Guest blog posts
Annie Whitehead’s Blog: The Indomitable Nicholaa de la Haye
Female First: Top 10 Heroines of the Medieval World
Henry the Young King: The Three Sisters of the Young King
For Amberley Publishing I wrote an article on my first ever author talk and book signing.
Some great questions from the Medieval Archives – I loved doing this one.
A fabulous, fun interview with Stephanie Churchill, telling you a little about myself, my research and motivation for writing Heroines of the Medieval World.
Tuesday 15th January 2019:
Misterton Women’s Group, Misterton Methodist Hall, North Nottinghamshire, 7.30pm.
Local Heroines. Talk and book signing.
Thursday 9th July 2020:
Lincoln Civic Trust, St Mary’s Guildhall, Lincoln, 7.30pm.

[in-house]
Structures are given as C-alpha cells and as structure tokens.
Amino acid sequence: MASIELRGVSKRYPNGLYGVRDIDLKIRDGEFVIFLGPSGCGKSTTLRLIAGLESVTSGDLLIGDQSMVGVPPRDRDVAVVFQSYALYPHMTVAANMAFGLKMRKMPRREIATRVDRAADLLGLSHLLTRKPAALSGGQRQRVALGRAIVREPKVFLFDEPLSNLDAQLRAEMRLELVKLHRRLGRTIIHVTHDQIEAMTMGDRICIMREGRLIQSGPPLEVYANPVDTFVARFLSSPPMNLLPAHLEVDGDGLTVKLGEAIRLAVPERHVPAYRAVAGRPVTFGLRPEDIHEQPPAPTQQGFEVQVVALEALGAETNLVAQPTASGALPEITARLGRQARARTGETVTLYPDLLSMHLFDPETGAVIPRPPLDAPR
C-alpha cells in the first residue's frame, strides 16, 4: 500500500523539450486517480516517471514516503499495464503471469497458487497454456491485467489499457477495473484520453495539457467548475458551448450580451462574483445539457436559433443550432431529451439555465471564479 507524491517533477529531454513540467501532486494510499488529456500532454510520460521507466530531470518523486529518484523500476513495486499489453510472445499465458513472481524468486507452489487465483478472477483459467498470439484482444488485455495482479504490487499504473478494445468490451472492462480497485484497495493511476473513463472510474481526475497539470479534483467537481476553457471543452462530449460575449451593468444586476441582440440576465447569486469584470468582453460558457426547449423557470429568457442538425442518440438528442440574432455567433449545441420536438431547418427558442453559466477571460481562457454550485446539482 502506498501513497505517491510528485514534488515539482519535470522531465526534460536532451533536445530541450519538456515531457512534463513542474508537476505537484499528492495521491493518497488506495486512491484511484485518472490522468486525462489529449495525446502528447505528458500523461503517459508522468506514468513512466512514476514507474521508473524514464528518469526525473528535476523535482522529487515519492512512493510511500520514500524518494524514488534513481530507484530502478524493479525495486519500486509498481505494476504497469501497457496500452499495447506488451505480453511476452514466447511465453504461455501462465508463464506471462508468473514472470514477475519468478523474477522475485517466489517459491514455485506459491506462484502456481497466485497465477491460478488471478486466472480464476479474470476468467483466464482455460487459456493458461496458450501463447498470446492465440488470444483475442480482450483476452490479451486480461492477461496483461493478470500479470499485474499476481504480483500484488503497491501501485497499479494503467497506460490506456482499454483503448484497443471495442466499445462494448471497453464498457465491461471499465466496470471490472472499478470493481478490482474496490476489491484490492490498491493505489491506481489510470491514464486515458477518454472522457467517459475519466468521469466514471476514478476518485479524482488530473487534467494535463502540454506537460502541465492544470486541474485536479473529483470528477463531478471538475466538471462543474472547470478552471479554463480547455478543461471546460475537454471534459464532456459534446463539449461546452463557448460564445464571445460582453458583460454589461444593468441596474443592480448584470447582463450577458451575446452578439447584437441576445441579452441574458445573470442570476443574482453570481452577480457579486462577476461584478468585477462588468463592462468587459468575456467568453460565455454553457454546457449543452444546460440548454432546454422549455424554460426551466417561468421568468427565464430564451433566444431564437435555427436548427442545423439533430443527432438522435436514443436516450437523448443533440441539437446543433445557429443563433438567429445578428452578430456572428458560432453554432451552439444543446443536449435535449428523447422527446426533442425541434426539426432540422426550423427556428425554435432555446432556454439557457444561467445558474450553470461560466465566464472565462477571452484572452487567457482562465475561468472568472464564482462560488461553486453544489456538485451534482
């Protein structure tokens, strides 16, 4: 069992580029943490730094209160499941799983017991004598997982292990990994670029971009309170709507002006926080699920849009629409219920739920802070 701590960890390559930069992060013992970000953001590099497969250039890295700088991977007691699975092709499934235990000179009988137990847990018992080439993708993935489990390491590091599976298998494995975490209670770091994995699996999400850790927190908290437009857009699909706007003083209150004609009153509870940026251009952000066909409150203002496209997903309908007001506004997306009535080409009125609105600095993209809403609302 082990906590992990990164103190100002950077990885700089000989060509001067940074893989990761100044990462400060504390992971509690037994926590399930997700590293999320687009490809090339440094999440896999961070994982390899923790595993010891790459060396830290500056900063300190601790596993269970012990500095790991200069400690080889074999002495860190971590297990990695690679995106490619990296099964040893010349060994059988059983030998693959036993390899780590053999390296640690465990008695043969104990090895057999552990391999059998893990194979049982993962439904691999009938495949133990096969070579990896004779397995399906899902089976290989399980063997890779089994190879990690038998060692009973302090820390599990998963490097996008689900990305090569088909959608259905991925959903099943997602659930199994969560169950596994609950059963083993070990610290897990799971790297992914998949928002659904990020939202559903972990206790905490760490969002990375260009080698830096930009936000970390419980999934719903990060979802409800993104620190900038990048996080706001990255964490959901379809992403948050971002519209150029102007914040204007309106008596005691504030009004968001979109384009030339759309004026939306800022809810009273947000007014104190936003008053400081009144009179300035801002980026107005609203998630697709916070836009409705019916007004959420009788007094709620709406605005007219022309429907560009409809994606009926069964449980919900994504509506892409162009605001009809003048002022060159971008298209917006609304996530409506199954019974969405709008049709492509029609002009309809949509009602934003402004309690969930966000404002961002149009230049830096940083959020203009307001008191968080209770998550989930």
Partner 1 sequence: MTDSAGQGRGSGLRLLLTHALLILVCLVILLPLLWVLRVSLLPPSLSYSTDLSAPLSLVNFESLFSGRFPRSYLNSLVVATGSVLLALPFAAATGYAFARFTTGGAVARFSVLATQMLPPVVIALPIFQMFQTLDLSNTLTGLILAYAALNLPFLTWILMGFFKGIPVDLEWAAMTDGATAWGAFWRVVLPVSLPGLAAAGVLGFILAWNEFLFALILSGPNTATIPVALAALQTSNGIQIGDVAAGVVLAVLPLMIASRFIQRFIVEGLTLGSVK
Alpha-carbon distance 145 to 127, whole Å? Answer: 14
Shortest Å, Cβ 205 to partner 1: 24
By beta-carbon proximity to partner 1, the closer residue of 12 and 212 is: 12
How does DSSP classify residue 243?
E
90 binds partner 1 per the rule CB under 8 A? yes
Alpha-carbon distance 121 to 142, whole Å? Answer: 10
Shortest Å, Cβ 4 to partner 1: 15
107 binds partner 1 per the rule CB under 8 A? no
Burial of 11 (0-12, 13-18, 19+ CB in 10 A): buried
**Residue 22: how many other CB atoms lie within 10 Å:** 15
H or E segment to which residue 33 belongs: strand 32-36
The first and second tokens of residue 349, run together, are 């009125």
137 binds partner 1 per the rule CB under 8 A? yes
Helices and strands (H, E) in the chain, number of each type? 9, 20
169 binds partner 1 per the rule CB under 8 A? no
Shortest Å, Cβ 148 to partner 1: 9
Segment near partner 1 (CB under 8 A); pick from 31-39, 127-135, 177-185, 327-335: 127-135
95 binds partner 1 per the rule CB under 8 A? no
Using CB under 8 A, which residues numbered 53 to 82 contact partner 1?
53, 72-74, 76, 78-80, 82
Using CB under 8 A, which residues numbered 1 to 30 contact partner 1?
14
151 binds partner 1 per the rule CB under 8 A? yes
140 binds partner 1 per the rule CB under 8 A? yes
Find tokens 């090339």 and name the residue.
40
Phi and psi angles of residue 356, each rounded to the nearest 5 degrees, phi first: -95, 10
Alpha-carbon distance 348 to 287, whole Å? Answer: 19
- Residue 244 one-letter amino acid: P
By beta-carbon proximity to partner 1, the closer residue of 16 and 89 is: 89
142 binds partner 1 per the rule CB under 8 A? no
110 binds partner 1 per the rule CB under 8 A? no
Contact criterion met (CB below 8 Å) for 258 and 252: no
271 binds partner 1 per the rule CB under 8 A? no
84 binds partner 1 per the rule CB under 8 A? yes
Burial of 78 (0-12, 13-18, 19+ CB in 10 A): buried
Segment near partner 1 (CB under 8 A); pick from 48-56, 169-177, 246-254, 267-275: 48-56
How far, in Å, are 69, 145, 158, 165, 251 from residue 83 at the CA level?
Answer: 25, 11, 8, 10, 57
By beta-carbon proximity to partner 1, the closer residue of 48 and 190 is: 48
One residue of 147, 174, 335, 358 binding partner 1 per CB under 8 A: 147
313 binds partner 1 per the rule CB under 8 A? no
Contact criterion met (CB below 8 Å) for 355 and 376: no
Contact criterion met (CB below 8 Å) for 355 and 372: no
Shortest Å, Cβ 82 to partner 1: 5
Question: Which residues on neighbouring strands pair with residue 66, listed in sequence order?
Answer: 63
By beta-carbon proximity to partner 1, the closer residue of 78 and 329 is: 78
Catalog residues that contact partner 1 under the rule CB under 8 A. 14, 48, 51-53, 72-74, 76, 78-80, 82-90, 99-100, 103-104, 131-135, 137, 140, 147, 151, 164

Nicholaa de la Haye: England’s Forgotten Heroine: I will be giving a talk for the Lincoln Civic Trust about Lincoln Castle’s heroic castellan. Talk and book signing. Details of tickets to follow.
To Buy the Book Today:
Telling the stories of some of the most remarkable women from Medieval history, from Eleanor of Aquitaine to Julian of Norwich, Heroines of the Medieval World, is available now on kindle and in paperback in the UK from from both Amberley Publishing and Amazon, in the US from Amazon and worldwide from Book Depository.
From Emma of Normandy, wife of both King Cnut and Æthelred II to Saint Margaret, a descendant of Alfred the Great himself, Silk and the Sword: the Women of the Norman Conquest traces the fortunes of the women who had a significant role to play in the momentous events of 1066. Available now from Amazon UK, Amberley Publishing, Book Depository and Amazon US.
©2017 Sharon Bennett Connolly